Do We Need a Cochrane Review to Tell Us That Women Should Move in Labor?

October 25th, 2009 by avatar

I am reposting this post from the archives in anticipation of this week’s Healthy Birth Blog Carnival about movement in labor. It was one of the first posts I ever wrote, back before anyone was reading this blog. It’s also one of my personal favorites.

Earlier this year, media outlets shared the news of a new Cochrane review that concludes upright positions are beneficial because they shorten labor by about one hour. The birth blogs were buzzing about this, and the consensus is that we should feel delighted and vindicated to have the scientific evidence to prove what women and midwives have always known.

ResearchBlogging.orgCochrane reviews synthesize all of the research on a particular topic, and because the reviewers bring together and analyze all of the data from many studies, the study population gets very big. Big populations yield greater statistical power and often (but not always) more reliable findings.

Prior to this Cochrane review there was a large body of literature on movement in labor, including a good sized U.S. randomized controlled trial. There was even another systematic review! But this body of research never consistently supported the hypothesis that movement improved labor and birth outcomes. Now we have a Cochrane review, which is the gold standard for evidence-based practice.  So we can put the evidence-based “stamp of approval” on freedom of movement.

But, were we any less justified in endorsing freedom of movement before the Cochrane? Although studies have given us inconsistent results as to whether movement shortens labor or decreases the need for c-section, a few conclusions have been loud and clear from the literature since researchers began looking at maternal position and movement:

  1. Women prefer to move around, primarily because they experience less pain when they can move.
  2. Women who stay in bed usually do so because they are connected to machines or IV lines, and/or because a health care provider tells them to.
  3. Movement and walking are not harmful to the woman or the baby.

Freedom of movement is the thing that would happen if women did not have any interaction with a health care system or provider in labor. In other words, it’s the default state of affairs. Anything that we do in the name of “health care” to improve upon this normal unfolding of things is referred to as an “intervention”. In scientific research, researchers compare a control group, which should represent the default/normal, with an experimental group, which represents the intervention. The burden of proof should be on the intervention.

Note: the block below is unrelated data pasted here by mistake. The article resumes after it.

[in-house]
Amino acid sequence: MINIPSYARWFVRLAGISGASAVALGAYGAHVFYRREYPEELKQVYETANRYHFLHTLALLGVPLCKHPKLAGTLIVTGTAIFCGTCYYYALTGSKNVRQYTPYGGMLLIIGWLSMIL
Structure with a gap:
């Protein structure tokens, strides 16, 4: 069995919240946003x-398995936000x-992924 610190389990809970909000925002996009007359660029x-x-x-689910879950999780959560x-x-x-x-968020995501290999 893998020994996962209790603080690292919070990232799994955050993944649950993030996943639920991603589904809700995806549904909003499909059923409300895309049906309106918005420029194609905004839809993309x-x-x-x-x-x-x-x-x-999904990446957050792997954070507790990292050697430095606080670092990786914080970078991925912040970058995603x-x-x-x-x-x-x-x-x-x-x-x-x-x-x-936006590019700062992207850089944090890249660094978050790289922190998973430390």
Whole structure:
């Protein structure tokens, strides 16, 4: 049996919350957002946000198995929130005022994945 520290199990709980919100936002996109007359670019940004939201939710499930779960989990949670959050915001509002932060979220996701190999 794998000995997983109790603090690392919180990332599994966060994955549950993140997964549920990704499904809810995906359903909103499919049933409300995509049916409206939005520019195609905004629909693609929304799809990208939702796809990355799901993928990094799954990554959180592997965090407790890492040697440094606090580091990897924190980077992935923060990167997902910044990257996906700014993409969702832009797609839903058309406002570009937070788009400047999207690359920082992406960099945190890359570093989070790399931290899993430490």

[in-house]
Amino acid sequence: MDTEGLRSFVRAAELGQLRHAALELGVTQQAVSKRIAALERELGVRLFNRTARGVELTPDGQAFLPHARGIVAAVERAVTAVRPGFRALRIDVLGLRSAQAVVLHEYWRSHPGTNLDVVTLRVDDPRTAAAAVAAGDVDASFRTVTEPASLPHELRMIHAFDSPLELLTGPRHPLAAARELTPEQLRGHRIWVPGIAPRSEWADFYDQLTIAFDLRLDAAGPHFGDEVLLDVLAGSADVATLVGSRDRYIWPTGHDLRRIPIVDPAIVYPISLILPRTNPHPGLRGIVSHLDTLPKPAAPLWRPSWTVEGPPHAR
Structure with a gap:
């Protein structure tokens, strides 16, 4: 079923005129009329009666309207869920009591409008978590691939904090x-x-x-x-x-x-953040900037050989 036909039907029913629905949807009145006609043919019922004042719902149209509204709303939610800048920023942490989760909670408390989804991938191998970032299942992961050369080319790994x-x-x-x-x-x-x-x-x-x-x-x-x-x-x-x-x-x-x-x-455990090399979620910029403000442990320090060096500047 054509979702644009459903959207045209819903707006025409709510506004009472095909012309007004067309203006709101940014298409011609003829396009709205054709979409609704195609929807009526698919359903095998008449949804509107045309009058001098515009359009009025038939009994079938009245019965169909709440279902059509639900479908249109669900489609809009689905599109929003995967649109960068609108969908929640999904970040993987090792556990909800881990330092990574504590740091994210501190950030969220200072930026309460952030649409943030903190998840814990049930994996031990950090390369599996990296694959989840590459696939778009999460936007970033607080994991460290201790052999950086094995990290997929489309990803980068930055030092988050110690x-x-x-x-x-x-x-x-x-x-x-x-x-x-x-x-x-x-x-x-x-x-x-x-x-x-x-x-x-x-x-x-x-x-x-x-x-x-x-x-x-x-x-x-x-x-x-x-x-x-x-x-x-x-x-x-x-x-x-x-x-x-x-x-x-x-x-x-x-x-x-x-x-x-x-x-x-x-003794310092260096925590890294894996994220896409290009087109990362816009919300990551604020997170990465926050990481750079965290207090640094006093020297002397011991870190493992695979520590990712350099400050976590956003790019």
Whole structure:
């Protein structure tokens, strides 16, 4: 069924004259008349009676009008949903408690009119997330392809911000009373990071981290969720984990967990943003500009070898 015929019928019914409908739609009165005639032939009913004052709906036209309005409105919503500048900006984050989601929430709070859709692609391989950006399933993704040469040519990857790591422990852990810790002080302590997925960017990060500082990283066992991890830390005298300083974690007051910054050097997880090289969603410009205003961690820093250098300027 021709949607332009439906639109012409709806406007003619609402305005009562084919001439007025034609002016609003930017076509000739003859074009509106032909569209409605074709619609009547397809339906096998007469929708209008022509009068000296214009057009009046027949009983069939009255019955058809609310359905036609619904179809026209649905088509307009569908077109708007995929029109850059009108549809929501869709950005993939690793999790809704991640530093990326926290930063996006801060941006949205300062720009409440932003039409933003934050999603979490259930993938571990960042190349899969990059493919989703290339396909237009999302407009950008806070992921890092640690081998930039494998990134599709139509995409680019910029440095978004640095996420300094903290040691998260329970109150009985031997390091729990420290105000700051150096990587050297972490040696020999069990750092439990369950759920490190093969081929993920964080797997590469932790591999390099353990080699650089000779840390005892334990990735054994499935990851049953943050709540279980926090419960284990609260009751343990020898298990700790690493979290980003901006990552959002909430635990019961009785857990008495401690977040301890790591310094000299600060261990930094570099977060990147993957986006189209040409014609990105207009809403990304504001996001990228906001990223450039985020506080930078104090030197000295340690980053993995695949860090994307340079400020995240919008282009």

Somehow, things have gotten turned around, and the normal condition is now the “experiment” and the intervention is the “control”. In addition to being irrational, this is a set-up to perpetuate conventional obstetric care, which imposes unhealthy and unfounded restrictions on women in labor. This is because in “intervention versus control” research, you have to show that the intervention performs significantly better, otherwise the control condition remains standard practice. While many of us believe that encouraging a laboring woman to move when and how she wants to is healthier and safer than making her stay in bed, waiting for evidence that it produces better health outcomes is putting a burden of proof on normal birth that has never been applied to routine intervention. Besides, lack of evidence of harm, less pain, and maternal satisfaction are valid and important outcomes in and of themselves, and provide the justification we need to reject routine policies and practices that restrict maternal movement.

Lawrence A, Lewis L, Hofmeyr GJ, Dowswell T, & Styles C (2009). Maternal positions and mobility during first stage labour. Cochrane database of systematic reviews (Online) (2) PMID: 19370591

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  1. October 28th, 2009 at 10:59 | #1

    Thanks for reposting this. What a great post!

    “Somehow, things have gotten turned around, and the normal condition is now the “experiment” and the intervention is the “control”.” This!

  2. December 2nd, 2009 at 13:52 | #2

    I think you’re right here.. though in my practice most folks have epidurals are in bed. I totally agree that the burden of proof is on the intervention, not the natural state. I have the same thought process when I think about early cord clamping.

  3. December 2nd, 2009 at 16:39 | #3

    The Cochrane review was of women without epidurals, of course. I do think it is reasonable to test the safety of walking with epidurals, because all bets are off as far as normal physiology is concerned. My understanding of the research on “walking epidurals” is that it is generally safe, though it doesn’t necessarily improve outcomes.

    I often go back to this particular framework when evaluating research – what would happen if the woman had no contact with a “health care system” – if there’s evidence that whatever the system is offering results in better outcomes, then go for it. If not, it’s best to support and facilitate normal physiology and/or defer to women’s preferences instead. E.g., “first, do no harm.”

  1. October 28th, 2009 at 13:43 | #1
  2. November 1st, 2009 at 21:03 | #2
  3. January 20th, 2010 at 22:15 | #3
  4. June 24th, 2011 at 21:22 | #4